Thesis: The transcontinental railroad greatly increased Westward expansion in.
the United States of America during the latter half of the nineteenth century.
The history of the United States has been influenced by England in many ways.
In the second half of the 1800's, the railroad, which was invented in England,.
had a major effect on Western expansion in the United States.
"Railroads were born in England, a country with dense.
populations, short distances between cities, and large.
financial resources. In America there were different.
circumstances, a sparse population in a huge country, large.
stretches between cities, and only the smallest amounts of.
money." ("Railroad" 85).
The first American railroads started in the 1830's from the Atlantic ports of.
Boston, New York City, Philadelphia, Wilmington, Charleston, and Savannah.
(Douglas 23). Within twenty years, four rail lines had crossed the Alleghenies.
to reach their goal on `Western Waters' of the Great Lakes or the tributaries of.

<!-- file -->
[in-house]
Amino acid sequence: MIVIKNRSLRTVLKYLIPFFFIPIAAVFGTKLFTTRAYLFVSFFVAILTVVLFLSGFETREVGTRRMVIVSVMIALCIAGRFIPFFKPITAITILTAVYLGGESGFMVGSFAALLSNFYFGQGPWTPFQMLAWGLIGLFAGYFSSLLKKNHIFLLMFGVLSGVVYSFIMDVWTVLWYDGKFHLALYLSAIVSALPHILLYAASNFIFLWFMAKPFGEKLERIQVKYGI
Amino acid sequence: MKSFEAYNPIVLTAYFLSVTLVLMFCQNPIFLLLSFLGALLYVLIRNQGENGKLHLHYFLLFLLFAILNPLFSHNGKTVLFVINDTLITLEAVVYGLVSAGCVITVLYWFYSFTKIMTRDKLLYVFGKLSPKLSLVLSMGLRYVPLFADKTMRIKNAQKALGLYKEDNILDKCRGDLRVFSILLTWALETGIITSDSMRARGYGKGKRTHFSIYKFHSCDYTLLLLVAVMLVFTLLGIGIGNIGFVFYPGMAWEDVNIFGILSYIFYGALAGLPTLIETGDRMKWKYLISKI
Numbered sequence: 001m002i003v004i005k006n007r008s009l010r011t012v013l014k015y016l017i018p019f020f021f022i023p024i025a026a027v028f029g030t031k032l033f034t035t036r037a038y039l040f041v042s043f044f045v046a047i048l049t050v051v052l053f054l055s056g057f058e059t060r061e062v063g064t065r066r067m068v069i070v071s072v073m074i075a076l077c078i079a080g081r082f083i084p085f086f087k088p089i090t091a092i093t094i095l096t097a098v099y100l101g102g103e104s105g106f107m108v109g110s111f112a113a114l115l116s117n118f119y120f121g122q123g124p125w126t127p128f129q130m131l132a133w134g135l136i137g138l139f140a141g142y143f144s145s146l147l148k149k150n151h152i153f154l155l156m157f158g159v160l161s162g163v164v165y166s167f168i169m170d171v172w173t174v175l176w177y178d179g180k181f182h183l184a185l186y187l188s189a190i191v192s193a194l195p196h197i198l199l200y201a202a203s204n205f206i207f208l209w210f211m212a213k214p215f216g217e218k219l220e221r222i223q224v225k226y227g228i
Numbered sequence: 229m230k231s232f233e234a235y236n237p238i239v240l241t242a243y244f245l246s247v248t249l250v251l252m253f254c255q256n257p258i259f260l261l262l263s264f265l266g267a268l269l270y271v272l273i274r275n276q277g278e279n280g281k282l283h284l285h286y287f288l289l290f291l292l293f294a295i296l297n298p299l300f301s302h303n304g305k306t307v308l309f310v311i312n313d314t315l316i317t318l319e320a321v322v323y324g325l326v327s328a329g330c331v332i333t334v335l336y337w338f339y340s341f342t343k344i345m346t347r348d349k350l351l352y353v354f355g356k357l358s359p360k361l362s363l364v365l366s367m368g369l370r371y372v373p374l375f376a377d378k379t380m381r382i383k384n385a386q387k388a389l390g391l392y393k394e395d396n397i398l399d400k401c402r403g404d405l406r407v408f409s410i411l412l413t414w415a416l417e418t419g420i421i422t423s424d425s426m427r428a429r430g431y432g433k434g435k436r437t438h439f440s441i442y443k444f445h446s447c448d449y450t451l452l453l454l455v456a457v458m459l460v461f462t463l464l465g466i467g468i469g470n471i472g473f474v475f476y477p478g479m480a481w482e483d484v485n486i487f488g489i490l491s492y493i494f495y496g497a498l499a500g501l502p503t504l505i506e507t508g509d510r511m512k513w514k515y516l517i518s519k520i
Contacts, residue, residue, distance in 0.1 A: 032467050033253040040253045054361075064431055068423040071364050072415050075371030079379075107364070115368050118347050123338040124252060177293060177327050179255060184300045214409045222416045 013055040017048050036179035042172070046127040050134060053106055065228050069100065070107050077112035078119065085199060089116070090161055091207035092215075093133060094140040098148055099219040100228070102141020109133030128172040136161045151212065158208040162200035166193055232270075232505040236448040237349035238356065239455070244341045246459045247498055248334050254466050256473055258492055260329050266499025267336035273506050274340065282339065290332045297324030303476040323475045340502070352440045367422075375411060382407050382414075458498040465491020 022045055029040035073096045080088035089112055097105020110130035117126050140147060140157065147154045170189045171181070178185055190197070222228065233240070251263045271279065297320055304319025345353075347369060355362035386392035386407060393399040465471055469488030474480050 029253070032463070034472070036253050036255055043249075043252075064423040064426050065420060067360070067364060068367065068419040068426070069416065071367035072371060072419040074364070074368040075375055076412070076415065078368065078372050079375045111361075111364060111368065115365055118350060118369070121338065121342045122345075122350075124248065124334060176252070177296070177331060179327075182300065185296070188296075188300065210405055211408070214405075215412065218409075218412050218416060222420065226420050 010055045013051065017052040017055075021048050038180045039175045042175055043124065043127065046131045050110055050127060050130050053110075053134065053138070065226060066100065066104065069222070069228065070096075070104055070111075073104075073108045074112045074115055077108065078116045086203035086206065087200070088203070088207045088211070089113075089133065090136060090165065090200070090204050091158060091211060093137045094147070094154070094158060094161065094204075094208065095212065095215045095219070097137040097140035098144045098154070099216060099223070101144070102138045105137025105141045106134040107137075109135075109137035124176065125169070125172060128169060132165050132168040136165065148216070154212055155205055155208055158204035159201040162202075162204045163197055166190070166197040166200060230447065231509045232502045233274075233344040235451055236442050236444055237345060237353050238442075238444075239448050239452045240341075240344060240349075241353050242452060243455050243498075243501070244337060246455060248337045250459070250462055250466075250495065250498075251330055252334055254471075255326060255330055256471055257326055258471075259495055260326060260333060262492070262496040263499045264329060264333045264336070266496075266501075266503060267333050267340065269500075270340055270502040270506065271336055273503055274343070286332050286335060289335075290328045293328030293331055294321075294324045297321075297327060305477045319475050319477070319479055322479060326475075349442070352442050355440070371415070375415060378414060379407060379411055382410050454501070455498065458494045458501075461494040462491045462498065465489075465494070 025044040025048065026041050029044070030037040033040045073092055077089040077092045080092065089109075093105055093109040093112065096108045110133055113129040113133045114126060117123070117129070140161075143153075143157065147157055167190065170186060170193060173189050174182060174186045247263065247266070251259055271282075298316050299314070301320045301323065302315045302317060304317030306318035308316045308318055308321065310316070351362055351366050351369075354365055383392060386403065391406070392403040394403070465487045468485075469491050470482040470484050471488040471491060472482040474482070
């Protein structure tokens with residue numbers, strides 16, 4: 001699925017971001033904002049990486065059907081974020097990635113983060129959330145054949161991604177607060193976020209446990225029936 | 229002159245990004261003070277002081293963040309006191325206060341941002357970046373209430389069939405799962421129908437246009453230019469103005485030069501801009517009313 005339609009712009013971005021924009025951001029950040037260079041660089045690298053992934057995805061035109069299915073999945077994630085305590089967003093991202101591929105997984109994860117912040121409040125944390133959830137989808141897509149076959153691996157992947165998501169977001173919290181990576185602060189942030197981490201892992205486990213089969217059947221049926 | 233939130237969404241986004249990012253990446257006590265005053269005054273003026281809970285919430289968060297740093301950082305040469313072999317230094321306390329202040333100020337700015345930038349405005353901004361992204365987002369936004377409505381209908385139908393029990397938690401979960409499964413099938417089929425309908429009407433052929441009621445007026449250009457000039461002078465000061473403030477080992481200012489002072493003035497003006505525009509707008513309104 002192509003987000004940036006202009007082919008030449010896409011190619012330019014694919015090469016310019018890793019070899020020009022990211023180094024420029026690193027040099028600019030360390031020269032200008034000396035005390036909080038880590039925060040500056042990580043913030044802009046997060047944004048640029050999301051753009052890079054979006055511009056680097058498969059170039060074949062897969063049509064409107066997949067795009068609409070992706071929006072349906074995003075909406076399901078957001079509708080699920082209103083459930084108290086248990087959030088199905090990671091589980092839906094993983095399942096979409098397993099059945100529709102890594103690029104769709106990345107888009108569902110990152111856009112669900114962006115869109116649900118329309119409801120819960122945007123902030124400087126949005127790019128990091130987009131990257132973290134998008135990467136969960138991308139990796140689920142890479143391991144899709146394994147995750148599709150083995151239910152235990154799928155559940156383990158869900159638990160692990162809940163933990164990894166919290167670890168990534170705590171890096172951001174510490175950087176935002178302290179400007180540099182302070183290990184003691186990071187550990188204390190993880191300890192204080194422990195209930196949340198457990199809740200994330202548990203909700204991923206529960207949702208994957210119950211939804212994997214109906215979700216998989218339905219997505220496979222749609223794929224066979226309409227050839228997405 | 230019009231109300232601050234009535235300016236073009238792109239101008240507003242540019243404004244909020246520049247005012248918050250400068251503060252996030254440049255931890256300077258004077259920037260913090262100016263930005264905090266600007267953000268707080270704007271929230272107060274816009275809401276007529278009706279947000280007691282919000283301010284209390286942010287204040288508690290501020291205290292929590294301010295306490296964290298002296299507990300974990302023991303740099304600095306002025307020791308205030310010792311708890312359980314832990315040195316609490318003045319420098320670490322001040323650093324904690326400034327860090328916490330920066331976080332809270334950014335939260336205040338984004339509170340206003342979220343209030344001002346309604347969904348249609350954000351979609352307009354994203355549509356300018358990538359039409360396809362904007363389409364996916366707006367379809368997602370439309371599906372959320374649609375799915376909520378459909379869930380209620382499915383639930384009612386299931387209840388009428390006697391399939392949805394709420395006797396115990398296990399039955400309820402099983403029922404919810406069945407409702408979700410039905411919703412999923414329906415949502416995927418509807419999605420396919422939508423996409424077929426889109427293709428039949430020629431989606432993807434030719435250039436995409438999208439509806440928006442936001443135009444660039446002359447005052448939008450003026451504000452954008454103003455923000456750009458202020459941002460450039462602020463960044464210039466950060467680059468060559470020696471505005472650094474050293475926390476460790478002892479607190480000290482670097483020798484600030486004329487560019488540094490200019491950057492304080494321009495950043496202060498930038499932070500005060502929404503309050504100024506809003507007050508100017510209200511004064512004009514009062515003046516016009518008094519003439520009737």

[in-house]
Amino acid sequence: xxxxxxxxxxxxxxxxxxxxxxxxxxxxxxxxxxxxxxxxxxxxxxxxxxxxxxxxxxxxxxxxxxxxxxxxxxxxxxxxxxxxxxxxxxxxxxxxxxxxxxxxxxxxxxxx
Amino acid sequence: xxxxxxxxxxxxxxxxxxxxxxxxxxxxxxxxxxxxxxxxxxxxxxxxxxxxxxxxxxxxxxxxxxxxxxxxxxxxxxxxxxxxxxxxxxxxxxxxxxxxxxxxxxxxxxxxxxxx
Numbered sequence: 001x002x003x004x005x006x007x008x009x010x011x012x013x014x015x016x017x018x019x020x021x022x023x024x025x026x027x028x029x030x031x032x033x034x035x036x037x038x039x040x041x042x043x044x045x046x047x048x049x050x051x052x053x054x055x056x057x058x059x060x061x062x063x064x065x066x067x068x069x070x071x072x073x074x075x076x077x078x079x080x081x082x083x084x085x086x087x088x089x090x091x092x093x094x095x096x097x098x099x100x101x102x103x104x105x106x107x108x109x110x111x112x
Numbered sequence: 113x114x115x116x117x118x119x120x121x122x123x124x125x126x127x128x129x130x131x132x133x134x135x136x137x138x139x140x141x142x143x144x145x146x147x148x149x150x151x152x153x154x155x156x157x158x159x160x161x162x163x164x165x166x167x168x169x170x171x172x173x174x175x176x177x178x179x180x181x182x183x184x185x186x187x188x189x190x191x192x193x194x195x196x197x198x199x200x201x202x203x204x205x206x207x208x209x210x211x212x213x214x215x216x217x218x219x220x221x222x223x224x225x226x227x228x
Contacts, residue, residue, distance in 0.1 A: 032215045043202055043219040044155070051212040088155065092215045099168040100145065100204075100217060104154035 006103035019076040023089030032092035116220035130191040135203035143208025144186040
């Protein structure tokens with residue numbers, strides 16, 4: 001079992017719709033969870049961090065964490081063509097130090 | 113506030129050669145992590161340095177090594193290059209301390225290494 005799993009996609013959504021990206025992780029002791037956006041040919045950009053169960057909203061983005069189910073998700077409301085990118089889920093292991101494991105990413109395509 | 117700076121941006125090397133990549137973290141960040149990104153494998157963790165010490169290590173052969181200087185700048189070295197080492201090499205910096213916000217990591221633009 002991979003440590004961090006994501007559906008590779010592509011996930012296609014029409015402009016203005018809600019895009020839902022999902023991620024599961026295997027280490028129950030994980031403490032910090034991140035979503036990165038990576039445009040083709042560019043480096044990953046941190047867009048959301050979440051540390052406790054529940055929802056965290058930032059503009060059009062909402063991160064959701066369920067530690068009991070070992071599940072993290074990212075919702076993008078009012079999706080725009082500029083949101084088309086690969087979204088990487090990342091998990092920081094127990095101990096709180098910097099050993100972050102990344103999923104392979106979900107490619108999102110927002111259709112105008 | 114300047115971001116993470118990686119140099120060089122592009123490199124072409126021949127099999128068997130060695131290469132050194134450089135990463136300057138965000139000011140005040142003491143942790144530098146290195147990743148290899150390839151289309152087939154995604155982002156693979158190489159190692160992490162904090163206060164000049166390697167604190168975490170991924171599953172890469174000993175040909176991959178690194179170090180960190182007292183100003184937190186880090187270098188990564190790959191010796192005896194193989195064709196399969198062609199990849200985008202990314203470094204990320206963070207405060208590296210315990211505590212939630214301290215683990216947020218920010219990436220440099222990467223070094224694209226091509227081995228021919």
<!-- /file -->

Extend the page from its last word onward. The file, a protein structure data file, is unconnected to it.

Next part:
the Mississippi. Meanwhile, other lines had started West of the Appalachian.
mountains, and by the mid-1850's Chicago, St. Louis, and Memphis were connected.
to the East. Still other lines were stretching Westward, beyond the Mississippi.
An international route connected New England and Montreal and another one.
crossed Southern Ontario between Niagara, New York, and the Detroit River.
During the 1850's, North and South routes were developed both East and West of.
the Alleghenies. It was not until after the Civil War, however, that a permanent.
railroad bridge was constructed across the Ohio River. After the Civil War, the.
pace of railroad building increased. The Pacific railroads, the Union Pacific.
building from Omaha, Nebraska, and the Central Pacific building from Sacramento,.
California, had started to build a transcontinental railroad during the war to.
help promote national unity. They were joined at Promontory, Utah, on May 10,.